vus of Ota and Ito. Arch Dermatol. 1970;102:640-645. Alvarez-Cuesta CC, Raya-Aguado C, Vázquez-López F, et al. Nevus of Ota associated with ipsilateral deafness. J Am Acad Dermatol. 2002;47(suppl 5):S257-S259. Patel BC, Egan CA, Lucius RW, et al. Cutaneous malig - nant melanoma and oculodermal melanocytosis (nevus of Ota): report of a case and review of the literature. J Am Acad Dermatol. 1998;38(5, pt 2):862-865. Shaffer D, Walker K, Weiss GR. Malignant melanoma in a Hispanic male with nevus of Ota. Dermatology. Baroody M, Holds JB. Extensive locoregional malignant melanoma transformation in a patient with oculodermal melanocytosis. Plast Reconstr Surg. 2004;113:317-322. Shields JA, Shields CL, Naseripor M, et al. Choroidal melanoma in a black patient with oculodermal melano - cytosis. Retina. 2002;22:126-128. Pediatric Dermatology VOLUME 82, JULY 2008 29 Hino K, Nagane M, Fujioka Y, et al. Menin - geal melanocytoma associated with ipsilateral nevus of Ota presenting as intracerebral hemor - rhage: case report. Neurosurgery. 2005;56:E1376; discussion E1376. Teekhasaenee C, Ritch R, Rutmin U, et al. Glaucoma in oculodermal melanocytosis. Ophthalmology. 1990;97: Khawly JA, Imani N, Shields MB. Glaucoma associ - ated with the nevus of Ota. Arch Ophthalmol. 1995;113: Hori Y, Oohara K, Niimura M, et al. Electron micros - copy: ultrastructural observations of the extracellular sheath of dermal melanocytes in the nevus of Ota. Am J Dermatopathol. 1982;4:245-251. Hori Y, Takayama O. Circumscribed dermal melano - sis: classification and histologic features. Dermatol Clin. Zimmerman AA, Becker SW Jr. Melanoblasts and mela - nocytes in fetal negro skin. In: Gordon M. Monographs in Medical Science. Vol 6. No 3. Urbana, Illinois: University of Illinois Press; 1959:1-59. Hirayama T, Suzuki T. A new classification of Ota’s nevus based on histopathological features

5 . Dermatologica. Velez A, Fuente C,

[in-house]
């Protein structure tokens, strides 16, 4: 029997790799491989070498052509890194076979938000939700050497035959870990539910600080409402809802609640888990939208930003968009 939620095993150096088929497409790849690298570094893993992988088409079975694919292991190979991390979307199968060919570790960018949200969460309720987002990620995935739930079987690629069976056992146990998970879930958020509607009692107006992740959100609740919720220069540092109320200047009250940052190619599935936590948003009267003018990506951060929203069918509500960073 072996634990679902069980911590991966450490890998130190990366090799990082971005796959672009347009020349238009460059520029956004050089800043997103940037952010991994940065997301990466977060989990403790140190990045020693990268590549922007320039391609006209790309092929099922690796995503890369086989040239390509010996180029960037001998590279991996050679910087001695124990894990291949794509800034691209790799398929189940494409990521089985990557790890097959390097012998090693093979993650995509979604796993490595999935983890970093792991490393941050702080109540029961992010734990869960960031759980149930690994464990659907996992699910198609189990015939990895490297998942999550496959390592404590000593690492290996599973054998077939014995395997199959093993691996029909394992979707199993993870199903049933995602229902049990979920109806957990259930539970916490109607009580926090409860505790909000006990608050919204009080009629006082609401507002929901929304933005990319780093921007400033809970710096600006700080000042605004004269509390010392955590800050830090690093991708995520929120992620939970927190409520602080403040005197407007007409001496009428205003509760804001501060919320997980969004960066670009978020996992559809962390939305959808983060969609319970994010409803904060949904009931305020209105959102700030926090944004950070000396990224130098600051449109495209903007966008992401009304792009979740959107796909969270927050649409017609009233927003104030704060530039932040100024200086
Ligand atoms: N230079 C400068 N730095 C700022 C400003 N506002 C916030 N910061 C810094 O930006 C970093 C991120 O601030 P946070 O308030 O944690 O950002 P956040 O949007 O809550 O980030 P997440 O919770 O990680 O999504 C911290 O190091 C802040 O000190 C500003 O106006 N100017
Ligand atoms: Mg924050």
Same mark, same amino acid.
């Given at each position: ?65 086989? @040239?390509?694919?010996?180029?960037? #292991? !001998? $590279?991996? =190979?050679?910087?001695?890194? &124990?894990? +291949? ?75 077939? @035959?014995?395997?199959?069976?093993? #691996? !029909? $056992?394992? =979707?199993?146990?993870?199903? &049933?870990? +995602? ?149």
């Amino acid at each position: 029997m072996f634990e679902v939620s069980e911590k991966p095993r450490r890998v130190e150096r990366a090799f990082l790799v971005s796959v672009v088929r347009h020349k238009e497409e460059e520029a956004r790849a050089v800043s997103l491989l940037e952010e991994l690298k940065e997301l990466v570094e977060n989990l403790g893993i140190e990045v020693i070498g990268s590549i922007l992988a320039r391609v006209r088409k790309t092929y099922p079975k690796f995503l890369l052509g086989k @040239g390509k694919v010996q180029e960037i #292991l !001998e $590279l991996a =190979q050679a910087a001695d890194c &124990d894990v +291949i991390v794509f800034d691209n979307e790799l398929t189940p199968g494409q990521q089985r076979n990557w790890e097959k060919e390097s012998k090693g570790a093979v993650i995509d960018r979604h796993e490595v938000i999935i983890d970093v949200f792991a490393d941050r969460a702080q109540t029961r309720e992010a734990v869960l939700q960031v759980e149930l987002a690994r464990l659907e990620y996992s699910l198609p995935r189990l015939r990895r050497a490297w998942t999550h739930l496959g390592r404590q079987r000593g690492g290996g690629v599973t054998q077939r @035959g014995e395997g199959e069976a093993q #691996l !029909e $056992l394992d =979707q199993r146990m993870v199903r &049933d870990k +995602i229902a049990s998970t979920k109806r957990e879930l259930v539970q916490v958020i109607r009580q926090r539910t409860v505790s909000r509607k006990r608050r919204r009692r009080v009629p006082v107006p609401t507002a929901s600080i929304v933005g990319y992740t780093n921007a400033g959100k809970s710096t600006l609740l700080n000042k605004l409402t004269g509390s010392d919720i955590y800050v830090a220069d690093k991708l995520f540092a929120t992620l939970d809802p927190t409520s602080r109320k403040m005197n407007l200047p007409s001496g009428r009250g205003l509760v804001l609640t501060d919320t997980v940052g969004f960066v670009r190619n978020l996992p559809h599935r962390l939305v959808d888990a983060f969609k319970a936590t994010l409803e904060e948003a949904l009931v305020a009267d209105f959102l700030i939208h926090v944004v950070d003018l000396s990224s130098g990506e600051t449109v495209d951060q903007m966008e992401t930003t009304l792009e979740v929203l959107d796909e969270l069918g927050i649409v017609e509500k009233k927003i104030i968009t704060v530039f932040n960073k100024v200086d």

. Dermatologica. Velez A, Fuente C, Belinchon I, et al. Congenital seg - mental dermal melanocytosis in an adult. Arch Dermatol. Schwartz RA, Cohen-Addad N, Lambert MW, et al. Congenital melanocytosis with myelomeningocele and hydrocephalus. Cutis. 1986;37:37-39. Hori Y, Kawashima M, Oohara K, et al. Acquired, bilat - eral nevus of Ota-like macules. J Am Acad Dermatol. Hsiao GH, Hsiao CW. Plaque-type blue nevus on the face: a variant of Ota’s nevus. J Am Acad Dermatol. Jimbow M, Jimbow K. Pigmentary disorders in oriental skin. Clin Dermatol. 1989;7:11-27. Hata Y, Matsuka K, Ito O, et al. Treatment of nevus of Ota: combined skin abrasion and carbon dioxide snow method. Plast Reconstr Surg. 1996;97:544-554. Tedeschi A, Dall’Oglio F, Micali G, et al. Corrective camouflage in dermatologic practice. Dermatol Estet. Chan HHL, Kono T. The use of lasers and intense pulsed light sources for the treatment of pigmentary lesions. Skin Therapy Lett. 2004;9:5-7. Omprakash HM. Treatment of nevus of Ota by Q-switched, frequency doubled, Nd:YAG laser. Indian J Dermatol Venereol Leprol. 2002;68:94-95. Watanabe S, Takahashi H. Treatment of nevus of Ota with the Q-switched ruby laser. N Engl J Med. 1994;331: Chan HH, Leung RS, Ying SY, et al. Recurrence of nevus of Ota after successful treatment with Q-switched lasers. Arch Dermatol. 2000;136:1175-1176. Lu Z, Chen J, Wang X, et al. Effect of Q-switched alexandrite laser irradiation on epidermal melanocytes in treatment of nevus of Ota. Chin Med J (Engl). Noordzij MJ, van den Broecke DG, Alting MC, et al. Ruby laser treatment of congenital melanocytic nevi: a review of the literature and report of our own experience. Plast Reconstr Surg. 2004;114:660-667. Kono T, Chan HH, Erçöçen AR, et al. Use of Q-switched ruby laser in the treatment of nevus of Ota in different age groups. Lasers Surg Med. 2003;32:391-395